Dayton’s first Jewish cemetery, John Patterson, and NCR
By Marshall Weiss, The Dayton Jewish Observer
Beginning with John Patterson in 1890 and continuing with his company over 77 years, Temple Israel entered into protracted real estate transactions with NCR that would benefit both. At the center of these transactions was the Dayton Jewish community’s first cemetery.
The story is almost as old as Dayton’s Jewish community itself. It was in 1850 when a dozen Jews organized the Hebrew Society, Dayton’s first Jewish organization. The society would become Holy Congregation B’nai Yeshurun, now known as Temple Israel.
In July 1851, Joseph Lebensburger, a leader of the Hebrew Society, purchased an acre “more or less” of farmland from J.W. and Susannah Dietrich outside the city limits — near the southeast corner of Rubicon and Stewart Streets — to serve as the community’s first Jewish cemetery.
“It seemed at the time that the city’s boundaries would never extend so far south,” the Dayton Daily News wrote in 1915 of Lebensburger’s cemetery purchase for B’nai Yeshurun. A generation after Lebensburger’s 1851 purchase, “the number of Jewish families in Dayton had greatly increased and it was seen that the burial ground would soon grow unequal to the purpose designed for it.”
It helped that John Patterson wanted the patch of land, around which his factory had grown. In 1890, when NCR had only been in operation for six years, B’nai Yeshurun sold its old cemetery to Patterson and his brother, Frank Patterson, for $3,000. To sweeten the deal, the Pattersons also purchased the congregation’s building — which B’nai Yeshurun had occupied since 1863, at the northeast corner of Fourth and Jefferson Streets — for $28,000. B’nai Yeshurun had outgrown that building, which dated to 1840.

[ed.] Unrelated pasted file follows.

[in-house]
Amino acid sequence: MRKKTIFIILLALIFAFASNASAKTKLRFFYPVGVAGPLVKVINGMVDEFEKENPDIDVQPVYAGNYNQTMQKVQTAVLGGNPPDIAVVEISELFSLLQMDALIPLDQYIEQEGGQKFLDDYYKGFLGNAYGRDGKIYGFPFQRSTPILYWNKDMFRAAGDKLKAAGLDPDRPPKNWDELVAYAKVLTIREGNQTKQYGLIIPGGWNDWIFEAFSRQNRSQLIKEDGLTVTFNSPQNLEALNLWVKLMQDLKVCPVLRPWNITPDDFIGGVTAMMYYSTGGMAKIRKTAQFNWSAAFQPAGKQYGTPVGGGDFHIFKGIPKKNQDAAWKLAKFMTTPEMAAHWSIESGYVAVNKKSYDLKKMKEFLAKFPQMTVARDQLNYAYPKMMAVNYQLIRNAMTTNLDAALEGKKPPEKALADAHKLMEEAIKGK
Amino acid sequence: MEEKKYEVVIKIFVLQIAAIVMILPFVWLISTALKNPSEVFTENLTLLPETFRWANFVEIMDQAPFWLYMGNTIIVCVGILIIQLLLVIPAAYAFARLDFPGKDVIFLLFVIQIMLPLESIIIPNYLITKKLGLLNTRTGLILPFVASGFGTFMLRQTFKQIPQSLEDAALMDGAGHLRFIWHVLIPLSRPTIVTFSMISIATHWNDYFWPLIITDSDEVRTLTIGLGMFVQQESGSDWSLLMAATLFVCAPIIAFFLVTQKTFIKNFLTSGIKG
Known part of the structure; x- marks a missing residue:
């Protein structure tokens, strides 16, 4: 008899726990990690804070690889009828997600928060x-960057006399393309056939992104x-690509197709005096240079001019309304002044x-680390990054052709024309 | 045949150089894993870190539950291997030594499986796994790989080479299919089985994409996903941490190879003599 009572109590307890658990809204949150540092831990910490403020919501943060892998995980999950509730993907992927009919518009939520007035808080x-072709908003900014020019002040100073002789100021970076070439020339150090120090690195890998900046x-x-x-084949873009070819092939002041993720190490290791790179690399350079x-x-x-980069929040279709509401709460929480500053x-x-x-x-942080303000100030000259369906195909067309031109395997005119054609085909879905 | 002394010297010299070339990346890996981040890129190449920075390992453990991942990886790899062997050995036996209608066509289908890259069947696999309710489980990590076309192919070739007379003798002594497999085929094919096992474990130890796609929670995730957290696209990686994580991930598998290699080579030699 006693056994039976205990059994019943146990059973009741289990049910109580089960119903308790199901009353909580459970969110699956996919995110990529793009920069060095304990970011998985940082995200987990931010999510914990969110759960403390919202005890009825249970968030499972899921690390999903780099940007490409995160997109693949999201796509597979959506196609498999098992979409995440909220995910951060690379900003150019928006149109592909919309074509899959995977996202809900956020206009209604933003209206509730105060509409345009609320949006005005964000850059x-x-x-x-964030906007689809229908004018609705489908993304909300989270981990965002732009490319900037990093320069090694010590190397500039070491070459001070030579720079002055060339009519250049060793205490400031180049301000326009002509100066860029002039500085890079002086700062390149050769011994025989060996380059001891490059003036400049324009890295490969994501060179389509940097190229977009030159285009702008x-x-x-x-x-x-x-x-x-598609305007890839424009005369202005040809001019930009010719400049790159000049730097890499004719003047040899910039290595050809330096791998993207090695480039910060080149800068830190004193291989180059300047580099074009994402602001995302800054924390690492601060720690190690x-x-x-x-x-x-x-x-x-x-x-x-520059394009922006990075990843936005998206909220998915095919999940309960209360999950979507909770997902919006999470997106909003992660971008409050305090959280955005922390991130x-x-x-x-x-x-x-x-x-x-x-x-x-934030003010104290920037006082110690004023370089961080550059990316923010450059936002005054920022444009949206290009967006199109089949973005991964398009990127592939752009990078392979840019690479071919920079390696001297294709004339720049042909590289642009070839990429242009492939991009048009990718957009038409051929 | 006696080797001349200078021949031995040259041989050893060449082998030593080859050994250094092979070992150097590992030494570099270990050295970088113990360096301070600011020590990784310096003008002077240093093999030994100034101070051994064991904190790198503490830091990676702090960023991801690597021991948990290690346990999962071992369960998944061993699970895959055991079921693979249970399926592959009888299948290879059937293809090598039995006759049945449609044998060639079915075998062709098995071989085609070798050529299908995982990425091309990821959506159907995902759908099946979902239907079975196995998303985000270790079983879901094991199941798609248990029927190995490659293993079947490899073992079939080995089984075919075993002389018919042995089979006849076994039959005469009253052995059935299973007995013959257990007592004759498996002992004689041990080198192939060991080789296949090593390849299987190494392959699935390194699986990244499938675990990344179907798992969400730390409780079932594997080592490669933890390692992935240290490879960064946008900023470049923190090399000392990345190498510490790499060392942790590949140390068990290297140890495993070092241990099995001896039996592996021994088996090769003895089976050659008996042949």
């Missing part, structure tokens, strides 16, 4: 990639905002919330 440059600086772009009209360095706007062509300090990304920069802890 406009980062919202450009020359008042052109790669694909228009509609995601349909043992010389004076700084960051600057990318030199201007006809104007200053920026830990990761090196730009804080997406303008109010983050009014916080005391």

The Pattersons’ purchase of the building and cemetery land made it possible not only for B’nai Yeshurun to purchase 6.25 acres in Van Buren Township for its new cemetery, Riverview Cemetery — which it bought from Anthony and Delia Brown in 1889 — but also to build its new temple building in 1892 on the east side of Jefferson Street between First and Second Streets.
Patterson then used the old B’nai Yeshurun building for training and as a salesroom until it was razed in 1911. A Dayton Daily News columnist recalled after the building was torn down that the old synagogue was turned into an NCR “agent’s school, and then into a building devoted to the advancement of the interests of the members of the NCR household…the old synagogue building was as wonderful a building as Independence Hall and should have been preserved as the place of the inception and birth of welfare work, which in its way is doing as much for the wage-earners of the country as was recorded in Independence Hall on that eventful day years ago.”
The June 1934 NCR Factory News indicated that with the transfer of the old cemetery property to Patterson and his brother, Patterson still gave B’nai Yeshurun “perpetual rights in the cemetery.”
Once Riverview Cemetery opened on Cincinnati Pike (now West Schantz Avenue), B’nai Yeshurun’s burials ceased at the old site. Some families disinterred and reinterred their departed relatives among the 90 buried at the old cemetery. Others chose not to disturb the remains. In some cases, B’nai Yeshurun wasn’t able to find living relatives.
The story picks up in 1953, when NCR gave Temple Israel 1.82 acres of land from its Sugar Camp complex, immediately adjacent to Riverview Cemetery’s east. This was Temple Israel’s impetus to reinter the remaining deceased congregants from the old to the new cemetery.
In 1961, “the grueling tasks of contacting last-known relatives for permission to transfer and reinter the remains began,” according to a Temple Israel document from the time.
Although NCR had already purchased the old cemetery land in 1890, it paid Temple Israel $40,000 in 1967 to cover the land, cost of reinterment, and improvements to Riverview Cemetery. The disinterments and reinterments took place over four days in May 1967. Workers found and transferred the remains of 62 people, comprising the Founders’ Circle of today’s Riverview Cemetery. Max Kohnop chaired Temple Israel’s cemetery committee and directed the transfer operation.
Only the 1.82 easternmost acres of Riverview Cemetery, which it received from NCR in 1953, are in Oakwood. The rest is in Kettering.
Today, the site of Dayton’s first Jewish cemetery is paved underneath the parking lot at University of Dayton’s Raymond L. Fitz Hall, formerly one of NCR’s buildings.